Peroxynitrite is associated with the trigger of cytotoxic processes, including lipid peroxidation, where peroxynitrite reacts with lipids in cell membranes, causing oxidative damage. This damage weakens the cell membranes, making them less effective at protecting the cell. Additionally, peroxynitrite can cause DNA damage, compromising the cell’s genetic material. Both lead to increased permeability in epithelial cells, ultimately making the cell lining in the gut more susceptible to allowing harmful substances to pass through. 


There have been many studies looking at iNos and Peroxynitrite in IBD. [137] Scientists have learned that Mesalamine, a medication used in the treatment of IBD, is a potent scavenger of Peroxynitrite. [138] Although the mechanism of action of Mesalamine is multifactorial, one of its therapeutic effects may be the ability to scavenge Peroxynitrite.


Mycotoxins also damage the enteric nervous system leading to a multitude of neurological disorders as well as peripheral neuropathy. [139,140,141] Damage to the nerves impacting the GI tract can result in motility disorders, including hypomotility, hyperperistalsis, gastroparesis, and biliary dyskinesia. There is a clear correlation between many chronic digestive issues and peripheral neuropathy. [142]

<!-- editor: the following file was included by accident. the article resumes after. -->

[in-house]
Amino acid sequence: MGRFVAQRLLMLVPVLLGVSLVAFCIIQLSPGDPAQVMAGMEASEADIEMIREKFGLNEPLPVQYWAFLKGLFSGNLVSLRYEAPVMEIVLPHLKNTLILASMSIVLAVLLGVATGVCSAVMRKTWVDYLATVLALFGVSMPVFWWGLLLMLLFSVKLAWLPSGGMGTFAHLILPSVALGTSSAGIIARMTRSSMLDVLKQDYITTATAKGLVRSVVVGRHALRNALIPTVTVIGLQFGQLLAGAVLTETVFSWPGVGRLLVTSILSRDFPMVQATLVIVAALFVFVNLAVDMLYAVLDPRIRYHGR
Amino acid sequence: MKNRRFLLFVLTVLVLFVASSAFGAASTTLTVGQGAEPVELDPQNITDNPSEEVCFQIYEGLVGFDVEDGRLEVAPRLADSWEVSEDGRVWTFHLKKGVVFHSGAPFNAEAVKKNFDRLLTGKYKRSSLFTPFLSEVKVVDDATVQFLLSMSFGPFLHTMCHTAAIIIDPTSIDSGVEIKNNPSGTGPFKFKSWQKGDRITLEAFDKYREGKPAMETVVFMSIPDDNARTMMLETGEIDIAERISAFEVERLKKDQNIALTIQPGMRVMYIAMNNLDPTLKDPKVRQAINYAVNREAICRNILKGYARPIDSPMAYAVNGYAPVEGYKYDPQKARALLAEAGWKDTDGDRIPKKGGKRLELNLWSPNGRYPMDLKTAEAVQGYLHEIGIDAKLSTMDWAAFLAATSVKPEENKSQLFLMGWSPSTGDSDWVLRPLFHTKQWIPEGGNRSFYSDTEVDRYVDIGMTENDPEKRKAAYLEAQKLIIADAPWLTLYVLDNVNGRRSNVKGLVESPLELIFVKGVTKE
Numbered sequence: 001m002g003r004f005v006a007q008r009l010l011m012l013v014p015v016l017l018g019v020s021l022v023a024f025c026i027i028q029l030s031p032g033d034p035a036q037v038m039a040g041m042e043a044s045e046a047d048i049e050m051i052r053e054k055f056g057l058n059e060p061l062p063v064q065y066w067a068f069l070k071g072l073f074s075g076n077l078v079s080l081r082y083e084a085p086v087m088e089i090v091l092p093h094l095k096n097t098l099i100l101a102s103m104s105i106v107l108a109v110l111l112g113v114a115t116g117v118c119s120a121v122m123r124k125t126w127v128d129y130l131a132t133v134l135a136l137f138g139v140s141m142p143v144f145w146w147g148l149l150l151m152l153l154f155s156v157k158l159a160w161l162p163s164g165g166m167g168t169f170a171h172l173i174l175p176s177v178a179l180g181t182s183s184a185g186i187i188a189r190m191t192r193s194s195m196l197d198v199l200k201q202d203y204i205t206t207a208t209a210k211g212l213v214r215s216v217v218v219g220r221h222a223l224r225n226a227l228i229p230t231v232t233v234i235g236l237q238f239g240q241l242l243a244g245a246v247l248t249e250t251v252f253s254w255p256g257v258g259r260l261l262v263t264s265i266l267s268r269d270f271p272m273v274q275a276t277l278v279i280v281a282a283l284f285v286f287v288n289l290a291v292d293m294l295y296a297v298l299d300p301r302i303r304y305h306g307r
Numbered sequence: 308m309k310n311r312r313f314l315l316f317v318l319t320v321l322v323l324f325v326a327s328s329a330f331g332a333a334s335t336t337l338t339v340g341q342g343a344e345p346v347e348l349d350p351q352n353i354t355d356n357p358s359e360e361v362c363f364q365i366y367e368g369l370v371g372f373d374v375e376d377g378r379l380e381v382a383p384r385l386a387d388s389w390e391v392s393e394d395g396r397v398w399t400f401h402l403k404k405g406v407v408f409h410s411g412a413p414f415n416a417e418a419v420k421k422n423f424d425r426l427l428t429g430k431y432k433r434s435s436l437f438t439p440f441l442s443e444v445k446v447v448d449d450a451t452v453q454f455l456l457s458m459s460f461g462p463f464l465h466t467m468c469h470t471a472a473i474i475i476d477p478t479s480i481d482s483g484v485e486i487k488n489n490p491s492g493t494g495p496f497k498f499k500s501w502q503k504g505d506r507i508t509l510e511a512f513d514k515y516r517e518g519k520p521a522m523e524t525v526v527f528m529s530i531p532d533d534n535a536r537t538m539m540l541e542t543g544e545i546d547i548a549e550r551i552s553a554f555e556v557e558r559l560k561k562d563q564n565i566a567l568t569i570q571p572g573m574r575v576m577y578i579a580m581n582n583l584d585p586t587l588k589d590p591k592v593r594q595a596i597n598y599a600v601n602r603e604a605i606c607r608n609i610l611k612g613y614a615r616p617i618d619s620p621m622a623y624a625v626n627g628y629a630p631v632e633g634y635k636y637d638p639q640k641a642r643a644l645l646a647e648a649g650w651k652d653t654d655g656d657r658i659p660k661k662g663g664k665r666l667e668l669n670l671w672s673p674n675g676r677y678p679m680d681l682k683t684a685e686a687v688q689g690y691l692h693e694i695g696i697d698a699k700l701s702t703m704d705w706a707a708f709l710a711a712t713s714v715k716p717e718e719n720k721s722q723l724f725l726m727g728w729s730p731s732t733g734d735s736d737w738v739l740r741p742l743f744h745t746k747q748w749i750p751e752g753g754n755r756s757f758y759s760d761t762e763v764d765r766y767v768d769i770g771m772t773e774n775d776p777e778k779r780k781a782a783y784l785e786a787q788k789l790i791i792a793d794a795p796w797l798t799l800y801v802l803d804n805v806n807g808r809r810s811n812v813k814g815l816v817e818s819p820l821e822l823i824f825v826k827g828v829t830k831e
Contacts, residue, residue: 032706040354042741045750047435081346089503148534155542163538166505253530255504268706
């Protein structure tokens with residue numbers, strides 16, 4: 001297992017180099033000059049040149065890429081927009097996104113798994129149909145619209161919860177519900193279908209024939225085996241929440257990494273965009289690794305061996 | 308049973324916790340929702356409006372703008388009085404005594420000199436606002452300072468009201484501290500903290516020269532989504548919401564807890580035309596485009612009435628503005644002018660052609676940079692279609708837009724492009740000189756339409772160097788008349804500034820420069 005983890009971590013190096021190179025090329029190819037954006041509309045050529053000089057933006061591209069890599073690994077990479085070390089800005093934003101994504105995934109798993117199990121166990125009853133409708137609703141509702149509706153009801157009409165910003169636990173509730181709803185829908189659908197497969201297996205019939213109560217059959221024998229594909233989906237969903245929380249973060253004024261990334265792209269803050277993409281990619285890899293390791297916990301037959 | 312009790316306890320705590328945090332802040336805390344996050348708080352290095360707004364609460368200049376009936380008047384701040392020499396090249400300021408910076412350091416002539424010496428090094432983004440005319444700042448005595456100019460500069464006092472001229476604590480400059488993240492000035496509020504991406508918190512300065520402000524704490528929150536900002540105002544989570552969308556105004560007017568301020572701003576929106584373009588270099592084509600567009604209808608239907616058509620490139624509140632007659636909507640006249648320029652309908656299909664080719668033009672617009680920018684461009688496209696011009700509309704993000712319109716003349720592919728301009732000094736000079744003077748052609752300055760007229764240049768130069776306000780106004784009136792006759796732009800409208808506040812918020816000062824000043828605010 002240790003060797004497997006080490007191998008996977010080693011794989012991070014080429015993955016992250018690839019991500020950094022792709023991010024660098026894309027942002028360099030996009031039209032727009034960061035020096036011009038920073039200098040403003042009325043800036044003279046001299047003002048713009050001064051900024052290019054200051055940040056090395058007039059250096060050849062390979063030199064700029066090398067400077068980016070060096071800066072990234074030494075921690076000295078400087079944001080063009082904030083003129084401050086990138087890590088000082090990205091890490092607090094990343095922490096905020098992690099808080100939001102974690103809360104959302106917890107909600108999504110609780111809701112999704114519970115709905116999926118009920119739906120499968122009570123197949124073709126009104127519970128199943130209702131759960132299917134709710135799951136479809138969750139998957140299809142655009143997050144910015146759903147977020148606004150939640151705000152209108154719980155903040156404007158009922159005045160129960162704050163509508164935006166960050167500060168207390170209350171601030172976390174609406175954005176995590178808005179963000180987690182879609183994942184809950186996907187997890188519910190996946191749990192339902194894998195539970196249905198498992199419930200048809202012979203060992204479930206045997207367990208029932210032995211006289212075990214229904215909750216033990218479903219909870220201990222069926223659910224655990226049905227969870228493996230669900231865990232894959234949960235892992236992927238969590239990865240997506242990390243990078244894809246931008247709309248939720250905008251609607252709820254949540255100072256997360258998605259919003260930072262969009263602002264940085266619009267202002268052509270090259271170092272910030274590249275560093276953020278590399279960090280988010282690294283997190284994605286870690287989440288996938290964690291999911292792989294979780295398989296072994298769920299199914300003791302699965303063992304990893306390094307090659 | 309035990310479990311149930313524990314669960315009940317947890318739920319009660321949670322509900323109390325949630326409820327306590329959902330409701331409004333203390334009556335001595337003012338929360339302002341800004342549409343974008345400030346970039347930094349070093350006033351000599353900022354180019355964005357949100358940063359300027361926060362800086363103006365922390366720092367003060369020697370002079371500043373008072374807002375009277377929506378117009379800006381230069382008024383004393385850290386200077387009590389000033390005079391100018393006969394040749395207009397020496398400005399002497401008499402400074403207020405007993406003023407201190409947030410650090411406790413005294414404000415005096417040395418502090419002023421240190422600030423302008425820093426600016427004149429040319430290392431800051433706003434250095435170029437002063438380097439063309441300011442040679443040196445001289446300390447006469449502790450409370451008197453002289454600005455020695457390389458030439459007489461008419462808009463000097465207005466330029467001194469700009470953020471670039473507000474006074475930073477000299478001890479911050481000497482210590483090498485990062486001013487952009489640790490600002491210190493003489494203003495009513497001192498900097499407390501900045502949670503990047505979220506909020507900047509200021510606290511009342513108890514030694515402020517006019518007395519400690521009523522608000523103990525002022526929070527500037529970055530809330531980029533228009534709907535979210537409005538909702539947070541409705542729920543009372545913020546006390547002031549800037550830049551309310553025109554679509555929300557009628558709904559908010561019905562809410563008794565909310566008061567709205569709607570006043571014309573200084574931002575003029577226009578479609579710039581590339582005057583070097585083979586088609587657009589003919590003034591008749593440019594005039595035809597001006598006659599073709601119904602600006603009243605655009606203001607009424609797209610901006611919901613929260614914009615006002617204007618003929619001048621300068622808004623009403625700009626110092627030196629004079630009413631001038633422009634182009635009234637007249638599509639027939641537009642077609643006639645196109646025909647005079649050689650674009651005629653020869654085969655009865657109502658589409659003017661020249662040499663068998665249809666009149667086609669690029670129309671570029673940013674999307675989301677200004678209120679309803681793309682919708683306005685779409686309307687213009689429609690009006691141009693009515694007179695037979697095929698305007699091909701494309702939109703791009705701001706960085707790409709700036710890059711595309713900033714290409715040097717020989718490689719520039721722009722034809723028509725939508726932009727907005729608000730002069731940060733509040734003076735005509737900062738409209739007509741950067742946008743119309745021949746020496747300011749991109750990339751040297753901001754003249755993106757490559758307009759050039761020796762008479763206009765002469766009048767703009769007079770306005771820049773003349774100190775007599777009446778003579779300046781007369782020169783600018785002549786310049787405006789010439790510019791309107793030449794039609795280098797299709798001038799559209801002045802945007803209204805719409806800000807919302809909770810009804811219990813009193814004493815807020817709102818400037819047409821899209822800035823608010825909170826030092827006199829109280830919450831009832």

The Role of MSH in Mold Illness and IBD

In mold illness, melanocyte-stimulating hormone (MSH) will be low in over 95% of patients. [143] MSH is a regulatory neuropeptide that controls many other hormones, inflammatory pathways, and basic defenses against invading microbes. [144] MSH is antimicrobial as well as antifungal and protects against cytokine-induced barrier damage of intestinal epithelial monolayers. [145,146